You can use the search function to find a range of UK Finance material, from consultation responses to thought leadership to blogs, or to find content on a range of topics from Capital Markets & Wholesale to Payments & Innovation.
Whether by developing products to support customers, or integrating tools to streamline how they are accessed, banks have often led the way for change in the financial sector. When it comes to embracing new technologies however, including the cloud, uptake until recently has been relatively slow.
Fast forward to 2022 and over a quarter of UK banks are planning to migrate 50 per cent or more of their business operations to the cloud. Compared with two years ago when 80 per cent of banks had migrated just 10 per cent of their business, this increase is astounding. Where banks would once question why to move data into the cloud, they are now asking “why not?”.
And it’s no surprise. With its myriad of advantageous solutions, moving to the cloud presents a wealth of benefits for businesses in terms of agility, reduced costs and greater security.
The ability to grow
As a primary motivator, cloud migration allows financial institutions to evolve and grow with the changing market landscape. By hosting operations in the cloud, banks can easily adapt to comply with changing requirements or to support market initiatives on a continuous basis. Given the huge amount of personal data collected by banks on a daily basis and the vast amounts of associated admin and restrictions, it is unlikely that they could replicate that offering in-house.
Furthermore, the cloud can rapidly improve a bank’s flexibility and scalability. In an increasingly fast-paced market, customer-centric digital banks are making huge gains by acting quickly. The cloud streamlines the financial service pipeline: it empowers banks to scale processing capabilities according to market changes and customer demands on a global platform.
As well as an improved service, cloud migration can also bring down costs. Research from IT service management company GFT revealed that 81 per cent of bankers adopted cloud technology to cut costs on data storage.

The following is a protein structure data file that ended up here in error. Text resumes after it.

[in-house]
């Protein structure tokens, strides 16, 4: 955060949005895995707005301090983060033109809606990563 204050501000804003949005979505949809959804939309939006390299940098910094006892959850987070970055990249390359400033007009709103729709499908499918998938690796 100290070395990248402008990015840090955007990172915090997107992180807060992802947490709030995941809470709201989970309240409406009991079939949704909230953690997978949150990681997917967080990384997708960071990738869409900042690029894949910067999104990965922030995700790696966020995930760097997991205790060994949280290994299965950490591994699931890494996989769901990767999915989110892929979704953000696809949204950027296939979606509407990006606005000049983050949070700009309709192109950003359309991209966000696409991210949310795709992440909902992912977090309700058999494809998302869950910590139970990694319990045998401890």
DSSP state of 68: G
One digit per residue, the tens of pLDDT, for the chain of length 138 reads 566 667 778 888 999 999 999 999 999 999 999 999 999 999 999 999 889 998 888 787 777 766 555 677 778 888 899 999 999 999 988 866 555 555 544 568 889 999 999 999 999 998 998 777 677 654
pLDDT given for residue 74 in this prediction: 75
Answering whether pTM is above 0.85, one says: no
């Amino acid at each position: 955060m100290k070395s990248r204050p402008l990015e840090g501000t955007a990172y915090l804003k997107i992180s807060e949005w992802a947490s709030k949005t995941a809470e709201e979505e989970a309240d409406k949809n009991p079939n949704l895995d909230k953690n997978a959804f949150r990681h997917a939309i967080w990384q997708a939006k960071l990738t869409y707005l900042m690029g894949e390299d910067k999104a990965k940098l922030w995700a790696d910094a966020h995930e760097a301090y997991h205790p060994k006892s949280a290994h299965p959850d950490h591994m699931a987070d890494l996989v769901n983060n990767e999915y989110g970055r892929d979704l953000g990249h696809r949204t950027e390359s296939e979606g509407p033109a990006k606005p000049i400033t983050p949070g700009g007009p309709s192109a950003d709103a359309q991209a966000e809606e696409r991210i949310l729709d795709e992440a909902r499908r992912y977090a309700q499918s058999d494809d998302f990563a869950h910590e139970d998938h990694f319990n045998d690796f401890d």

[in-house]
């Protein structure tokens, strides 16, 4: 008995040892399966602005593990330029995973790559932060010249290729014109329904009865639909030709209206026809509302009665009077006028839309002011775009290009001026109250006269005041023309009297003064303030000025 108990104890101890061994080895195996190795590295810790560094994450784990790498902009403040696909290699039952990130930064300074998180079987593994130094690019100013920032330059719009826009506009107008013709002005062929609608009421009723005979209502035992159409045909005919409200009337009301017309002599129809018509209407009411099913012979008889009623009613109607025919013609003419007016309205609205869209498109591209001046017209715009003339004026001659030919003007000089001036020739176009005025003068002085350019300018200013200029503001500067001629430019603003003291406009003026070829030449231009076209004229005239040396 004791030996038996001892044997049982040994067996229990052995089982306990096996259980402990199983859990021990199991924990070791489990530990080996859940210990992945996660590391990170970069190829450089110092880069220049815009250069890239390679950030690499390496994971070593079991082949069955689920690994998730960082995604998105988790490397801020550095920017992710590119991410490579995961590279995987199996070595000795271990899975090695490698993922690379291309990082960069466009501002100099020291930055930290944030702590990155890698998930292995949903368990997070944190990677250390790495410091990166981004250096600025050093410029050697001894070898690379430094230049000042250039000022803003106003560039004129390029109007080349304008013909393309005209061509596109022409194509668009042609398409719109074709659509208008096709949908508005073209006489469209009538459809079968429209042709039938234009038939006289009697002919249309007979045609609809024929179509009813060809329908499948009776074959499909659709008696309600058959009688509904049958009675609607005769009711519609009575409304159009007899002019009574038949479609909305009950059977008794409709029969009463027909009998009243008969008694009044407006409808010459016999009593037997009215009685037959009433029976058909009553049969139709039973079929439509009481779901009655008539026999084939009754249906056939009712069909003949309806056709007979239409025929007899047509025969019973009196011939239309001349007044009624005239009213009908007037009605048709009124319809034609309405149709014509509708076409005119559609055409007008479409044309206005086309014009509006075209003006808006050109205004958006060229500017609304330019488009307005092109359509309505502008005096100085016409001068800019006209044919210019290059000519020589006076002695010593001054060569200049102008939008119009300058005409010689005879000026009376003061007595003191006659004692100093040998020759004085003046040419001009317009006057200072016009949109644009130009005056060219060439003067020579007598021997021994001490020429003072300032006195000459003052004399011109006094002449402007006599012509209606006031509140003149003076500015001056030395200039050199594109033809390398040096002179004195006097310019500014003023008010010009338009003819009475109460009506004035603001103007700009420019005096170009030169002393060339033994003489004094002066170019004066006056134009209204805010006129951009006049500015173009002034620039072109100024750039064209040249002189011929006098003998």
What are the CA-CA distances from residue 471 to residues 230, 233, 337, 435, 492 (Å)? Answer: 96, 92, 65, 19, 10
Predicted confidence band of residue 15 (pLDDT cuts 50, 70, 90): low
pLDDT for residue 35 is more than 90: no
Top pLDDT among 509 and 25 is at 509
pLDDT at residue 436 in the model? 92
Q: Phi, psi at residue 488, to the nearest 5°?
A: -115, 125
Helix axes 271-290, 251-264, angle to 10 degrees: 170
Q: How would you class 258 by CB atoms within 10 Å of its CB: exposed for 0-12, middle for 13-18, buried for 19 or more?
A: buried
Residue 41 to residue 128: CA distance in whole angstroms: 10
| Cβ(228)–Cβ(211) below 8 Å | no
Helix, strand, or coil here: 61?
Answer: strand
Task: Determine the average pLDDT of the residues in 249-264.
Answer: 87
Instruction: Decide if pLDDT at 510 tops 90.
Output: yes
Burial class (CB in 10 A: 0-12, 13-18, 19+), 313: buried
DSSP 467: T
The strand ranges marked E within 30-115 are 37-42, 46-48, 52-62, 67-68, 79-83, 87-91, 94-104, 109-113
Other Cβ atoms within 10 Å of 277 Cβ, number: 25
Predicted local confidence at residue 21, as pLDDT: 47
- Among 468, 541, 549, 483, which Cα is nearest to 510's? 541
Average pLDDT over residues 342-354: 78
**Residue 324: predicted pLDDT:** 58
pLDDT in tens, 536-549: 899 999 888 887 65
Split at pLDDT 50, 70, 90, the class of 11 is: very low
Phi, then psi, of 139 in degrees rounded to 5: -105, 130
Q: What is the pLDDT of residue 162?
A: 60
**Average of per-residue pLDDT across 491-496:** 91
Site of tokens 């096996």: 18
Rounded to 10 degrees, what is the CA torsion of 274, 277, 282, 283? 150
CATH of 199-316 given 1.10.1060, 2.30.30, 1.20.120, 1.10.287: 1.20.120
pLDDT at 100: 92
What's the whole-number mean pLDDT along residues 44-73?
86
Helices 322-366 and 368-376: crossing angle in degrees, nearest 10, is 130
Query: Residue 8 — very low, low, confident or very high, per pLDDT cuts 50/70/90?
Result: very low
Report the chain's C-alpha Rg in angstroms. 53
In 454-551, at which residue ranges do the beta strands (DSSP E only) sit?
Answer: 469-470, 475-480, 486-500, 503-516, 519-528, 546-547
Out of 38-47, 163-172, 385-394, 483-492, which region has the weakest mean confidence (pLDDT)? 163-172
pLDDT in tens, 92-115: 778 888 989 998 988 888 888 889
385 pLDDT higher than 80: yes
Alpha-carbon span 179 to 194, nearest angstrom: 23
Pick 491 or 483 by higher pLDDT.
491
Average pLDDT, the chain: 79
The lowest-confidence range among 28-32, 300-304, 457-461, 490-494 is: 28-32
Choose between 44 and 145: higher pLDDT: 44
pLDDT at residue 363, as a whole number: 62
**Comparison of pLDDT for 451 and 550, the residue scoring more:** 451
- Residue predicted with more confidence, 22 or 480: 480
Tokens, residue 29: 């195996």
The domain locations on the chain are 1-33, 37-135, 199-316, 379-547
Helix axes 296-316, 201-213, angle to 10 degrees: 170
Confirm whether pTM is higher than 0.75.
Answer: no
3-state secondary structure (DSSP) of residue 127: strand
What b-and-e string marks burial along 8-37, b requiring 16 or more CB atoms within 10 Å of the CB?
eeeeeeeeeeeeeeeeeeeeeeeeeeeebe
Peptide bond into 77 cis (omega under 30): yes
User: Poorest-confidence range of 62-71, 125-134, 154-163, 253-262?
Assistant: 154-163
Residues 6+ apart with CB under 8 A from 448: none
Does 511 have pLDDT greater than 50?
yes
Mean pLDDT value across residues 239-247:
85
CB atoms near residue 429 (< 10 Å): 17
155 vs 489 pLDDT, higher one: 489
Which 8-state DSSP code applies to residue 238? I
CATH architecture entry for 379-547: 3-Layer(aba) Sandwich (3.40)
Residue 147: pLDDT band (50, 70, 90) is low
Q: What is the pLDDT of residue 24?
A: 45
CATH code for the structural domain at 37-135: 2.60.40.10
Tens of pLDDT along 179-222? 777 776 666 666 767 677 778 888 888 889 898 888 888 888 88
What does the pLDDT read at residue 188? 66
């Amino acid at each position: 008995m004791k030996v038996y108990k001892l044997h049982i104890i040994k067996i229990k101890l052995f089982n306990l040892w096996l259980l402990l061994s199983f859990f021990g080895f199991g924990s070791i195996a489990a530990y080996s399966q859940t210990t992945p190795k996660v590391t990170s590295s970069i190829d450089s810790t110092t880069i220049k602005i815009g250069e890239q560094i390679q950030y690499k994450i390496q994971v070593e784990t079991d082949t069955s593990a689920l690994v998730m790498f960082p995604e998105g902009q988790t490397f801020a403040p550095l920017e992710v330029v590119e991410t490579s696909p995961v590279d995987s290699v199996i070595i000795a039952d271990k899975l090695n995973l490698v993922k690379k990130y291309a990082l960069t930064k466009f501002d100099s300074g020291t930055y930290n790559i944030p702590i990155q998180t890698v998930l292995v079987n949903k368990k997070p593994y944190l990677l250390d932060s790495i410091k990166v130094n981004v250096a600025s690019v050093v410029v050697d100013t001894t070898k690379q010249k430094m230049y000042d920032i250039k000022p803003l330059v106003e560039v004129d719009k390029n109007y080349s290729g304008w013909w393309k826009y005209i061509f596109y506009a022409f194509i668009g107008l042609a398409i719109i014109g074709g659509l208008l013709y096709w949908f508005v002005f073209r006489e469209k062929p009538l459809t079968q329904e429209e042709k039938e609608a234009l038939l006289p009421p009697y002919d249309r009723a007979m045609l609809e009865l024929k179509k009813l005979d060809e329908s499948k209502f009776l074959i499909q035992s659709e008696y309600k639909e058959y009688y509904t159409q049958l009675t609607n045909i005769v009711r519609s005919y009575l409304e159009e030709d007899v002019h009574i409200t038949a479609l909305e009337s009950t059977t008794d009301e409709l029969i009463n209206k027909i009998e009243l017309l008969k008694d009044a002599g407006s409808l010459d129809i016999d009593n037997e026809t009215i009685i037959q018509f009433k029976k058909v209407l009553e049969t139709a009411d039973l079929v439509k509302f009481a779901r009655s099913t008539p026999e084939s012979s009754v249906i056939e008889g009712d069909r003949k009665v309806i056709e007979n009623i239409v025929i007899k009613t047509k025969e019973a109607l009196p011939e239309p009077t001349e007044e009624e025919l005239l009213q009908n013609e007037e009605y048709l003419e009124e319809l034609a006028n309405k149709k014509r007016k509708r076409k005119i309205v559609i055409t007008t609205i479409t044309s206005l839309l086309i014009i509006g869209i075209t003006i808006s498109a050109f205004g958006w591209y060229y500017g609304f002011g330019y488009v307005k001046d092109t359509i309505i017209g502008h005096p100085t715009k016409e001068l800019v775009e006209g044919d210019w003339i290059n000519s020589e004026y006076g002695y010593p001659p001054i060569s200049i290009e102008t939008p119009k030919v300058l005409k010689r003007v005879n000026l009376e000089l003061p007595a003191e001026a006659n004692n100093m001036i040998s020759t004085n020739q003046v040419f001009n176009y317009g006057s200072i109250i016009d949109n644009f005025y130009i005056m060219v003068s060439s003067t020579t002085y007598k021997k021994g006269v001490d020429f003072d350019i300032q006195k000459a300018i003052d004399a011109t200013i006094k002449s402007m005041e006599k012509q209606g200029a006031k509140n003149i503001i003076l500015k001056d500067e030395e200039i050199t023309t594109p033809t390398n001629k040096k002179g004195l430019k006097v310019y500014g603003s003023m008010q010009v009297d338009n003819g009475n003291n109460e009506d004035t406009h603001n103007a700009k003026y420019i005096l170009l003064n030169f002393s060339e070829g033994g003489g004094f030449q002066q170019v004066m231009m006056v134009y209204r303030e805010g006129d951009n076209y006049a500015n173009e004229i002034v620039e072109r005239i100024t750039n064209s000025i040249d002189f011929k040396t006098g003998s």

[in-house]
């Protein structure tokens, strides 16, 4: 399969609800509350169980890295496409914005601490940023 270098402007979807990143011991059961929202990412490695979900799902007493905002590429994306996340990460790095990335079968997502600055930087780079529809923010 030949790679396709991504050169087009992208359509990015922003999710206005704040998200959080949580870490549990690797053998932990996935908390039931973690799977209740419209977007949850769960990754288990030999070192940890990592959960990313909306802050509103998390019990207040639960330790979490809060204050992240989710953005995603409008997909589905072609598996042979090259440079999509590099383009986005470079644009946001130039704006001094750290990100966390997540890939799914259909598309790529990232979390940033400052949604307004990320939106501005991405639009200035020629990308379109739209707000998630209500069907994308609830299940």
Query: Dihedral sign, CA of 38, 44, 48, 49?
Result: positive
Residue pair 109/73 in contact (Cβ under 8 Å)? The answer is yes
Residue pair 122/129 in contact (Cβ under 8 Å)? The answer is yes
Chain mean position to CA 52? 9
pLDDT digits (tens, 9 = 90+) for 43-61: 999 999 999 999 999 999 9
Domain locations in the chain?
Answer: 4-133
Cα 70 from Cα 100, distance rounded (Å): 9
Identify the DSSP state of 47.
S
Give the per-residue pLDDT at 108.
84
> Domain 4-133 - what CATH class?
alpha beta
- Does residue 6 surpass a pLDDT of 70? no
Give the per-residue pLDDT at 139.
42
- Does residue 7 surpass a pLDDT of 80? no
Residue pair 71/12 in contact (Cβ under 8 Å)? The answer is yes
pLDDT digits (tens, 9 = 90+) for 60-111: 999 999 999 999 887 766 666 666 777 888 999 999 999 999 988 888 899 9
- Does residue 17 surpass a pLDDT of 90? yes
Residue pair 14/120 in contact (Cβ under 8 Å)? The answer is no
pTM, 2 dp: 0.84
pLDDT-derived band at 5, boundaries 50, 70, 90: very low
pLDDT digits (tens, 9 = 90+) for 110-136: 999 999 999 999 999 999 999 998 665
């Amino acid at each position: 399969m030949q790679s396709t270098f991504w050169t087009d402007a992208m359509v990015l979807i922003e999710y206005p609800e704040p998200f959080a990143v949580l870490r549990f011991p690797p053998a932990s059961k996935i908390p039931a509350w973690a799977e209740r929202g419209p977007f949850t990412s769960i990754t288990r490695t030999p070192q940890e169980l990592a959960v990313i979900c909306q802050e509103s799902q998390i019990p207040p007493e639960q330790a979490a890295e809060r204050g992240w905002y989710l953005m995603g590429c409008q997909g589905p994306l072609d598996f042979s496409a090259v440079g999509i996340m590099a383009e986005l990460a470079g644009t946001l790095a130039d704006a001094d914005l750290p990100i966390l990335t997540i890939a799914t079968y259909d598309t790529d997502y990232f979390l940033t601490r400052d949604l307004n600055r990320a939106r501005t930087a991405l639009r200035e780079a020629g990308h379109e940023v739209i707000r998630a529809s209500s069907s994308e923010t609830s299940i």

Cloud computing offers a cost-effective alternative to the onsite IT systems, which are costly to install and maintain and require data storage fees. With the cloud, however, all the necessary infrastructure is hosted on the service provider. As a result, maintenance, storage and security costs can be slashed, with the option to tailor services to individual needs, only paying for those required.
Crucially, cloud migration can also fortify a bank’s cybersecurity defences. Financial services firms are a prime target for cyberattacks and ensuring protection against the wealth of threats they face is a vital yet time-consuming job. Cloud service providers include numerous levels of control and protocol in their network infrastructures to safeguard data against breaches.
For example, Microsoft has invested $1 billion to secure the Azure cloud platform, and as a result is able to protect against a reported seven trillion potential cybersecurity events every day. From embedded security to automated data backups, the advantages for reduced data risk are extensive.
Moving a bank’s operations to the cloud is a powerful move in the push for modernisation within the financial services sector. Aligning a cloud solution with business objectives can create an enviable operational synergy. For instance, cloud capabilities can help reduce the time required for product development cycles, empowering banks to trial new innovations in real time.
Hosting information remotely can also enable banks to capture and harness customer data with a degree of personalisation that is not possible with legacy on-premise hardware. With a single keystroke, advanced analysis is immediately available to help banks understand and access insights through customer profiles. These insights can inform decisions to better serve their users, increasing conversion rates and boosting long-term engagement and retention.
At its core, the cloud offers better scalability, cost optimisation and cybersecurity than a legacy solution. In the future, cloud technology will evolve into the primary platform for banks aiming to modernise and scale their service in a cost-effective way. Legacy systems were useful for the first leg of the 21st century, but cloud migration will carry the financial sector onward to a hitherto unexplored peaks of innovation.
Richard Marsh, Client Operations Director, Finova